As a small-business owner, it’s hard not to take business failure personally. But don’t let plummeting financials do the same to your mindset. Contrary to how you may feel right now, it’s not too late.
There’s a reason the acronym for America’s Best Companies1 is ABC. The key to recovery rests in the alphabet’s first three letters.
Success is not just about being in the black; it’s about thinking in the bright. Big ideas and a positive attitude are vital to help your business survive impending closure.
Neil Anderson, president of The Courage Group, told Jessica Dickler of CNNMoney2 that business owners need to commit to a “failure is not an option” way of thinking.
Obtaining money for your small business may begin with a sound business plan, but it ends with investors’ confidence in your energy and motivation for owning and operating a company.
Embracing risk is one of the hard realities that come with owning a small business. Seven out of 10 new firms survive the first two years, but only half of them survive for five years and just one-third survive for 10 years or more, according to the U.S. Small Business Administration.3
Confidence and the willingness to risk it all are crucial to successful crisis management.
The same do-or-die drive that motivated your startup is what will ensure that your company staves off a total shutdown.
Back to the Basics
It’s easy to get bogged down in the complexities of daily operations, accounting, and the prospect (horror!) of bankruptcy. It helps to go back to the basics. A small business in trouble must decrease its expenses and increase its revenues.
Start with revising or rewriting your business plan. A business plan helps an entrepreneur map out her company’s strengths, weaknesses, plans for the future, and timetable for getting there.
Also, a revised business plan will give you an idea of your company’s financial standing, and it will help you refocus on the basics of running a small firm.
For example, identify your fixed costs. Can you let any of them go? Next, identify the variable costs. For service-oriented or labor-intensive products, make a plan to improve the efficiency of your company’s operations and employees.
Overwhelmed? Take a break and head to the library. Spend an hour rereading your old business textbooks. Sometimes the best solution is the simplest one. It may even be right in front of you.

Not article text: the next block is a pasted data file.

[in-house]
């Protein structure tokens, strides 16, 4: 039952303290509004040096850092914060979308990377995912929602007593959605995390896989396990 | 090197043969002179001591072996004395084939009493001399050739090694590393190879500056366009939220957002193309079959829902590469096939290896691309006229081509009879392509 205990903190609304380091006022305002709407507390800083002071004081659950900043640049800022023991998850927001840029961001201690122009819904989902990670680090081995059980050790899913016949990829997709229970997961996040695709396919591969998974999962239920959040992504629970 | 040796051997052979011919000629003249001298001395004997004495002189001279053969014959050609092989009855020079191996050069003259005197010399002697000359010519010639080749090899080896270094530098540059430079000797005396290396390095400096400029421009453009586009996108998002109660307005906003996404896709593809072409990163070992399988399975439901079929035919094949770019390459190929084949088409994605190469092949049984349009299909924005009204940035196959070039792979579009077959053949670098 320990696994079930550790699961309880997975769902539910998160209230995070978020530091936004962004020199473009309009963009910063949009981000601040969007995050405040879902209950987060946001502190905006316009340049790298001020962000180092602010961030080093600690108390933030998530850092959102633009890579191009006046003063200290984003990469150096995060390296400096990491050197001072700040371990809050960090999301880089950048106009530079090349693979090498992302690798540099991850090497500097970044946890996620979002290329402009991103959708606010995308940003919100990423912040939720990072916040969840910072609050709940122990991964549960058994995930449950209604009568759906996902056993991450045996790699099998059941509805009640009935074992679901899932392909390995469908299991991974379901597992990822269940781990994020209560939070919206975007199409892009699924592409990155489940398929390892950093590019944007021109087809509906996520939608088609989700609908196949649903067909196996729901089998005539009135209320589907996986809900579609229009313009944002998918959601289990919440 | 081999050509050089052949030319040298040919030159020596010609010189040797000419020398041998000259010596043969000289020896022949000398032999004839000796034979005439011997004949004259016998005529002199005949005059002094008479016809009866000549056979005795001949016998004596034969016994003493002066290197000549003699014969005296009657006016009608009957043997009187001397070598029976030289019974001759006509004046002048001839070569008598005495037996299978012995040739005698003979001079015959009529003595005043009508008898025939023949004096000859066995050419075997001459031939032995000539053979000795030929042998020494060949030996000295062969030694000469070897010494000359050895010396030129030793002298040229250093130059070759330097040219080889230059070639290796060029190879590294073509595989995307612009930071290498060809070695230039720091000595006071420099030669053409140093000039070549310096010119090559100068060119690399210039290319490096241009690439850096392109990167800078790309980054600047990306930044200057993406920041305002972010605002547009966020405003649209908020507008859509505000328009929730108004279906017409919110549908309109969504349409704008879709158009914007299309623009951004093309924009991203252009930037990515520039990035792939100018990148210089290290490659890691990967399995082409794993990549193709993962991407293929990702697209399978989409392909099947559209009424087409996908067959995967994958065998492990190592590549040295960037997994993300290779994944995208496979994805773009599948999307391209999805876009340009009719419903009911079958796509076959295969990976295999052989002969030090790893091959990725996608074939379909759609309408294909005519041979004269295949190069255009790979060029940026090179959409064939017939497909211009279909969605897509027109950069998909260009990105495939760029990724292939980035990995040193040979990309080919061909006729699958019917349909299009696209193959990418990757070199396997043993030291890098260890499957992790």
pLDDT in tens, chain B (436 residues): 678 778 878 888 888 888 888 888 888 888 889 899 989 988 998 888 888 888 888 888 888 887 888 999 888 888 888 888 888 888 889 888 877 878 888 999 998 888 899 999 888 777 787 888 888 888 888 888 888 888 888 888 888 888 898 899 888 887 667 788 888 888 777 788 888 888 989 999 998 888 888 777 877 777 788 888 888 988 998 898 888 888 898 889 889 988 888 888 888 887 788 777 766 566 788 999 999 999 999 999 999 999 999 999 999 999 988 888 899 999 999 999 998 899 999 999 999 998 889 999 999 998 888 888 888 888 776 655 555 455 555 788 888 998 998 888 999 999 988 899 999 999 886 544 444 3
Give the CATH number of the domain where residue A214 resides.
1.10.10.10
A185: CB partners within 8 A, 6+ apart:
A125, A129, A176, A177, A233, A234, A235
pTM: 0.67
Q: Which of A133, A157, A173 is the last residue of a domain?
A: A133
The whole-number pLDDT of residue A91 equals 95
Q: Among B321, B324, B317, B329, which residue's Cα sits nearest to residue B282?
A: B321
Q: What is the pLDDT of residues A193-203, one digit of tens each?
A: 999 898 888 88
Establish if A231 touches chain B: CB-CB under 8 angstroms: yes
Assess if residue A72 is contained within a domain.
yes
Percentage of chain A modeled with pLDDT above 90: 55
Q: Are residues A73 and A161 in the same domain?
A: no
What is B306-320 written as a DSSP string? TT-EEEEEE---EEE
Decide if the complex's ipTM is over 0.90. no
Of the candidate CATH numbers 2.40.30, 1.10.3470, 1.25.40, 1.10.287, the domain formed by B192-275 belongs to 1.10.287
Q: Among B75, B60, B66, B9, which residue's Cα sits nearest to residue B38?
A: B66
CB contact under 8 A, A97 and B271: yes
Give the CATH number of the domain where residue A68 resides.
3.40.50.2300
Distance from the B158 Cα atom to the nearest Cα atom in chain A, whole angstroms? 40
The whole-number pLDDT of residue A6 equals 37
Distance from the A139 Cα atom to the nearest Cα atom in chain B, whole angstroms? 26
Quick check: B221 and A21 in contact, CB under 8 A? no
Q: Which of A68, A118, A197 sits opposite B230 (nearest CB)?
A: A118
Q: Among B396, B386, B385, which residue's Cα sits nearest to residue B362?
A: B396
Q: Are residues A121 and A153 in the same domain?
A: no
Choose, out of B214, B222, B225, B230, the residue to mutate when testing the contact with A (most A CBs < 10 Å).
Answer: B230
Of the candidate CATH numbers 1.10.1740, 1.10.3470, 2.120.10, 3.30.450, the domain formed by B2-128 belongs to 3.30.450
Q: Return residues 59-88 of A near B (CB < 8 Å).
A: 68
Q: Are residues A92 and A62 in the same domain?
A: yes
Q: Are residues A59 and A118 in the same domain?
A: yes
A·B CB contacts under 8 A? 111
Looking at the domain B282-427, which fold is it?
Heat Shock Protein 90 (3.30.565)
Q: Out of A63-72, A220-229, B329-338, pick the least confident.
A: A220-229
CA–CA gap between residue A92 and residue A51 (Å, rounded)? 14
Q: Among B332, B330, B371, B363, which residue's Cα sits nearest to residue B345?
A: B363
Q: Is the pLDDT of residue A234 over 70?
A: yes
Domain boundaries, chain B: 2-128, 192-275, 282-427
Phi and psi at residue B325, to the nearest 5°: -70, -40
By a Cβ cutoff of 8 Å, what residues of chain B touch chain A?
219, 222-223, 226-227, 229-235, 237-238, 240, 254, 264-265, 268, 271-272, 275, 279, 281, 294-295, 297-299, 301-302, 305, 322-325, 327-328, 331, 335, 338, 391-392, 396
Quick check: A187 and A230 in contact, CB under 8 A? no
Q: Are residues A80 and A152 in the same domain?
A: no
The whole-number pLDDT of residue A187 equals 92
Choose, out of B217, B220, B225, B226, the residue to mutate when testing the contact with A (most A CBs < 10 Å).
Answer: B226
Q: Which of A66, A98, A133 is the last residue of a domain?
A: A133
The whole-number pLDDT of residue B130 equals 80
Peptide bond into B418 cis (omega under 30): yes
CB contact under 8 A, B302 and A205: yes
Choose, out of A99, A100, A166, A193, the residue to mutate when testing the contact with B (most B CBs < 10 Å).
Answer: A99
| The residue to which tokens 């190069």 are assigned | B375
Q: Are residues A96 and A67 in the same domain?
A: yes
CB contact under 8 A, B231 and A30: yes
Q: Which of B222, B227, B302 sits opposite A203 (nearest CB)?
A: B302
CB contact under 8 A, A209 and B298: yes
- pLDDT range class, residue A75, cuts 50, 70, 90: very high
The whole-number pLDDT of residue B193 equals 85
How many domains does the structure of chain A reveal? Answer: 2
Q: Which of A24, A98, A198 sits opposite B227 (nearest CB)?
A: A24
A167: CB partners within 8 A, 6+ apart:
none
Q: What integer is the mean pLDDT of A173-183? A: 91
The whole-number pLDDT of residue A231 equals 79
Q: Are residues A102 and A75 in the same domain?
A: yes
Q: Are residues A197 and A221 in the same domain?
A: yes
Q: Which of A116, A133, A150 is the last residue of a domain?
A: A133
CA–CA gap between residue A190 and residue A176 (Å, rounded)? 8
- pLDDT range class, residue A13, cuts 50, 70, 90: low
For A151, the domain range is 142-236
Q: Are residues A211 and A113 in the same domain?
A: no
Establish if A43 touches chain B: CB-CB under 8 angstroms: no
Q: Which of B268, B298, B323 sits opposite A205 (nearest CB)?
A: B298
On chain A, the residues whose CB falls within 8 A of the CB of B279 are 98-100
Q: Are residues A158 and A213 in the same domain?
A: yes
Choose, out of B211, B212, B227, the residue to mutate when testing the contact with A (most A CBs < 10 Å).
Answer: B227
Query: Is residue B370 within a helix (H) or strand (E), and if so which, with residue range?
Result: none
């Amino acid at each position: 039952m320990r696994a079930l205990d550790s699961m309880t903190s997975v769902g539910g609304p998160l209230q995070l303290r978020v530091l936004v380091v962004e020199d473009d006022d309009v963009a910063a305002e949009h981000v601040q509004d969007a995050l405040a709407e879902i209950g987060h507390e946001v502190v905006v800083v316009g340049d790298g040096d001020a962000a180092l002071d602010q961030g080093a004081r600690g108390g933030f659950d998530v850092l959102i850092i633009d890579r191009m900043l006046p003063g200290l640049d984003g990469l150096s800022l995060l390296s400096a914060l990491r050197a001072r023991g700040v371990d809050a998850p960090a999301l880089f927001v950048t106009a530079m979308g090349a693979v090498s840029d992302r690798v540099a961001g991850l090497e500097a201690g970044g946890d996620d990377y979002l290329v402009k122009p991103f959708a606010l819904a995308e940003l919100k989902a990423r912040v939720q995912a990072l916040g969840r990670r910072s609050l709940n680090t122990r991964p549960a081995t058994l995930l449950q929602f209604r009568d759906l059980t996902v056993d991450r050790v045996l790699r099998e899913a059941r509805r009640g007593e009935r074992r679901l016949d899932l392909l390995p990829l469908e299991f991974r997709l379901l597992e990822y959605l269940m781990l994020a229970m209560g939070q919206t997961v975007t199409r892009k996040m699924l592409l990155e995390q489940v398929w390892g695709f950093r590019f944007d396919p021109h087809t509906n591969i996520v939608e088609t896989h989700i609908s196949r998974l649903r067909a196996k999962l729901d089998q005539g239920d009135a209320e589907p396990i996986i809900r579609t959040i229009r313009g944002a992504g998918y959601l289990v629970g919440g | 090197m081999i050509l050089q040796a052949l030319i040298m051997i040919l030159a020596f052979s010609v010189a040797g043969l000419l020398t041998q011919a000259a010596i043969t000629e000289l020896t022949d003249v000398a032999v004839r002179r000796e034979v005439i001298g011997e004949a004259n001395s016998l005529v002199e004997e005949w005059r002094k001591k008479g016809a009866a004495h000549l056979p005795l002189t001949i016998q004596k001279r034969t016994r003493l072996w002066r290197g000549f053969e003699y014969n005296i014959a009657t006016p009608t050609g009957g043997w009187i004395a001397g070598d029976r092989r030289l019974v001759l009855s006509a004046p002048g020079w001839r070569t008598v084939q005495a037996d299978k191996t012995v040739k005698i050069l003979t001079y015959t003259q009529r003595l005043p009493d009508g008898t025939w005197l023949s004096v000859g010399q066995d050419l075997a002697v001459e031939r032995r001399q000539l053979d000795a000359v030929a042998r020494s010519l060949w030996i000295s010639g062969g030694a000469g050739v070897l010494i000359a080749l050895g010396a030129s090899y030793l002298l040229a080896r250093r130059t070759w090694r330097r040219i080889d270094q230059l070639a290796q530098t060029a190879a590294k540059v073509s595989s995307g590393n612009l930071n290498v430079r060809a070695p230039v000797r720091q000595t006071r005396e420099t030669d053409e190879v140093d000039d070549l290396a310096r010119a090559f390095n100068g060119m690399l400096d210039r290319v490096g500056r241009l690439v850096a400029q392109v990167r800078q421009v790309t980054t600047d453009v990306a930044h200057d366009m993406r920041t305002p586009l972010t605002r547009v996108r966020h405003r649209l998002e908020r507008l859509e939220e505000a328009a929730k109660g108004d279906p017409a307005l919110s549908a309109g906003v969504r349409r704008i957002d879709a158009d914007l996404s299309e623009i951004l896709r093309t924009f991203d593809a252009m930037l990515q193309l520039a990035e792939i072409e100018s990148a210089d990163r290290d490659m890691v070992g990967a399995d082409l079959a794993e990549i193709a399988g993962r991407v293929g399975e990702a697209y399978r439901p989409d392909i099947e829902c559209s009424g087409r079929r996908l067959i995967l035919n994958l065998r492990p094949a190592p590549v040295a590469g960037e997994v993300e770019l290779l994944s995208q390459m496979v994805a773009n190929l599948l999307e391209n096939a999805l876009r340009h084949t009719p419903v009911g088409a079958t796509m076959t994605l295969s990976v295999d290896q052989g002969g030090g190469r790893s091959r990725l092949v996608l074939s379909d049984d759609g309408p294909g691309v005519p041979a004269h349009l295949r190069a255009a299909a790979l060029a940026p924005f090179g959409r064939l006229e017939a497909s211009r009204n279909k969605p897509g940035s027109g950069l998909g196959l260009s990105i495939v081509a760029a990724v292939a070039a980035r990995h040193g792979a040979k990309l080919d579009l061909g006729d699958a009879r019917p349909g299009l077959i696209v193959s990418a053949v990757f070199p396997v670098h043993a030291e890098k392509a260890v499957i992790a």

Ultimately, in addition to the right attitude, a strong balance sheet is the solution to your struggling finances.
Everybody’s heard the adage, “It isn’t personal; it’s business.” This isn’t your failure; this is a failure of your company to compete. So, take an objective eye to study the competition.
Research should begin with data collection.
“Join professional groups, attend trade shows, and subscribe to industry publications. Such organizations often publish surveys and trend reports that will give you insights on what others in your field are doing,” Karen E. Klein wrote in the Los Angeles Times article, “Small-Business Advice: How to Study Competitors.”4
Klein also wrote that national lobbying organizations give members a heads-up about pending or passing legislation that would affect business owners.
After you obtain the data, analyze the numbers. In which areas are your competitors spending money? Where are their highest margins? Never underestimate the power of basic, unbiased information.
Feedback from your customers may also help identify deficiencies in your small business. In the end, satisfying your customers is a fundamental part of business ownership.
If you’ve done your best to satisfy customers and implement the ABCs but you haven’t seen a positive change in company performance, consider seeking third-party professional assistance. Even the most accomplished entrepreneurs can’t do everything perfectly, all the time.
For more information, visit:
1. “America’s Best Companies”
2. “Six Ways to Keep Your Business Alive”
3. “U.S. Small Business Administration: Frequently Asked Questions”
4. “Small-Business Advice: How to Study Competitors”